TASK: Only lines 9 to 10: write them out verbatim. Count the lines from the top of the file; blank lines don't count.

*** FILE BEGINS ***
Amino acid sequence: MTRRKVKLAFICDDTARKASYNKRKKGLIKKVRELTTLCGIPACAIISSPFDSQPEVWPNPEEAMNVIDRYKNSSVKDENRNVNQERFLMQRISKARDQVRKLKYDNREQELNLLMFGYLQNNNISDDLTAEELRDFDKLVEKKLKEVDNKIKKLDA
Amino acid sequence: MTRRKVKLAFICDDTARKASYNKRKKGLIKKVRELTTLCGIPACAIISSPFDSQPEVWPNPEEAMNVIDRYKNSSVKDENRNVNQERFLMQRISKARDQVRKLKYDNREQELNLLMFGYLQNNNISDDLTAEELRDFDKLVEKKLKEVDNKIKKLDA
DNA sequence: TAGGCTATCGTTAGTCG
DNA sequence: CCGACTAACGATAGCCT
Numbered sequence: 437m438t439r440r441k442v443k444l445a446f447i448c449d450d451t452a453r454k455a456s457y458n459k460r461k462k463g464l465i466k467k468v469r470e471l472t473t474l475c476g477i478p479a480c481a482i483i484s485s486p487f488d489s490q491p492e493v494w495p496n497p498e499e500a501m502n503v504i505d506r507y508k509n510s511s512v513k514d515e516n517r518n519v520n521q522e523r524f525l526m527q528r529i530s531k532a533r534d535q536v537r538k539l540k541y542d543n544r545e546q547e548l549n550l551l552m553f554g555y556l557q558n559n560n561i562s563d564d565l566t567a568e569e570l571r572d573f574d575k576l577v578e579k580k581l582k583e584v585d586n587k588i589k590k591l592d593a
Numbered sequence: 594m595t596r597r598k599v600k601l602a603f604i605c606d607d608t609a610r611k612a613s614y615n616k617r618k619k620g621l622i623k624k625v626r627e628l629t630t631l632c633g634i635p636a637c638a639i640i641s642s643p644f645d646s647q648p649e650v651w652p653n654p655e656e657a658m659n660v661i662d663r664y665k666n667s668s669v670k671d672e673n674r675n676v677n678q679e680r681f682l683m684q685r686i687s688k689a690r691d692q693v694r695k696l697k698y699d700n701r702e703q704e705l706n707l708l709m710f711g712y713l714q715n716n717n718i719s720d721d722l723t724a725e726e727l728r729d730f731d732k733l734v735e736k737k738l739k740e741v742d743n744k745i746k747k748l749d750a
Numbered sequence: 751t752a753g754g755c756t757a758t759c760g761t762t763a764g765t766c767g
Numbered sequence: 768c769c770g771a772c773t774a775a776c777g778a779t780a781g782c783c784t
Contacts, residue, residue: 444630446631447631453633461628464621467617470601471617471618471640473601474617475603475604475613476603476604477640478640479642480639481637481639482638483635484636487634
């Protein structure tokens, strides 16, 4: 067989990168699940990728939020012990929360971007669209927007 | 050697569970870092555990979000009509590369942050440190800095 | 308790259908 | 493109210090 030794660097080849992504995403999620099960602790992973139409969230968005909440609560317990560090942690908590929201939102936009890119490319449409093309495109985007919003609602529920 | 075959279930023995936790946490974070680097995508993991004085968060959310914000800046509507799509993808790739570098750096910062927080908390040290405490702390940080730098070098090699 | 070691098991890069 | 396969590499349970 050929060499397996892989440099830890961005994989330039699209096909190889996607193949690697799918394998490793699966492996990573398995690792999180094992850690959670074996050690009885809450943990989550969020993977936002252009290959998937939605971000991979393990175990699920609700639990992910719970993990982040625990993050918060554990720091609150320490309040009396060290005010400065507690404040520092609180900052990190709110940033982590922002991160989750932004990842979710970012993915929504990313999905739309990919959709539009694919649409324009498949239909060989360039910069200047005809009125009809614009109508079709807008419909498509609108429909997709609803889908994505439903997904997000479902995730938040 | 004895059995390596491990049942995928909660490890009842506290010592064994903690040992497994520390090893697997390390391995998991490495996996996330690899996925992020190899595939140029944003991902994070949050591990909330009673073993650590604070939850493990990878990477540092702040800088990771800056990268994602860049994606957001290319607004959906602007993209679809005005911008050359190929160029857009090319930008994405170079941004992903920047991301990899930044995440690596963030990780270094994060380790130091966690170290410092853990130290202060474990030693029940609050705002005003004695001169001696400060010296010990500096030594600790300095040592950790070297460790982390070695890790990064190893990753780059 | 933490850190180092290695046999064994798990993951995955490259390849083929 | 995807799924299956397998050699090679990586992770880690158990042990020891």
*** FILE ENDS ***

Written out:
Contacts, residue, residue: 444630446631447631453633461628464621467617470601471617471618471640473601474617475603475604475613476603476604477640478640479642480639481637481639482638483635484636487634
């Protein structure tokens, strides 16, 4: 067989990168699940990728939020012990929360971007669209927007 | 050697569970870092555990979000009509590369942050440190800095 | 308790259908 | 493109210090 030794660097080849992504995403999620099960602790992973139409969230968005909440609560317990560090942690908590929201939102936009890119490319449409093309495109985007919003609602529920 | 075959279930023995936790946490974070680097995508993991004085968060959310914000800046509507799509993808790739570098750096910062927080908390040290405490702390940080730098070098090699 | 070691098991890069 | 396969590499349970 050929060499397996892989440099830890961005994989330039699209096909190889996607193949690697799918394998490793699966492996990573398995690792999180094992850690959670074996050690009885809450943990989550969020993977936002252009290959998937939605971000991979393990175990699920609700639990992910719970993990982040625990993050918060554990720091609150320490309040009396060290005010400065507690404040520092609180900052990190709110940033982590922002991160989750932004990842979710970012993915929504990313999905739309990919959709539009694919649409324009498949239909060989360039910069200047005809009125009809614009109508079709807008419909498509609108429909997709609803889908994505439903997904997000479902995730938040 | 004895059995390596491990049942995928909660490890009842506290010592064994903690040992497994520390090893697997390390391995998991490495996996996330690899996925992020190899595939140029944003991902994070949050591990909330009673073993650590604070939850493990990878990477540092702040800088990771800056990268994602860049994606957001290319607004959906602007993209679809005005911008050359190929160029857009090319930008994405170079941004992903920047991301990899930044995440690596963030990780270094994060380790130091966690170290410092853990130290202060474990030693029940609050705002005003004695001169001696400060010296010990500096030594600790300095040592950790070297460790982390070695890790990064190893990753780059 | 933490850190180092290695046999064994798990993951995955490259390849083929 | 995807799924299956397998050699090679990586992770880690158990042990020891």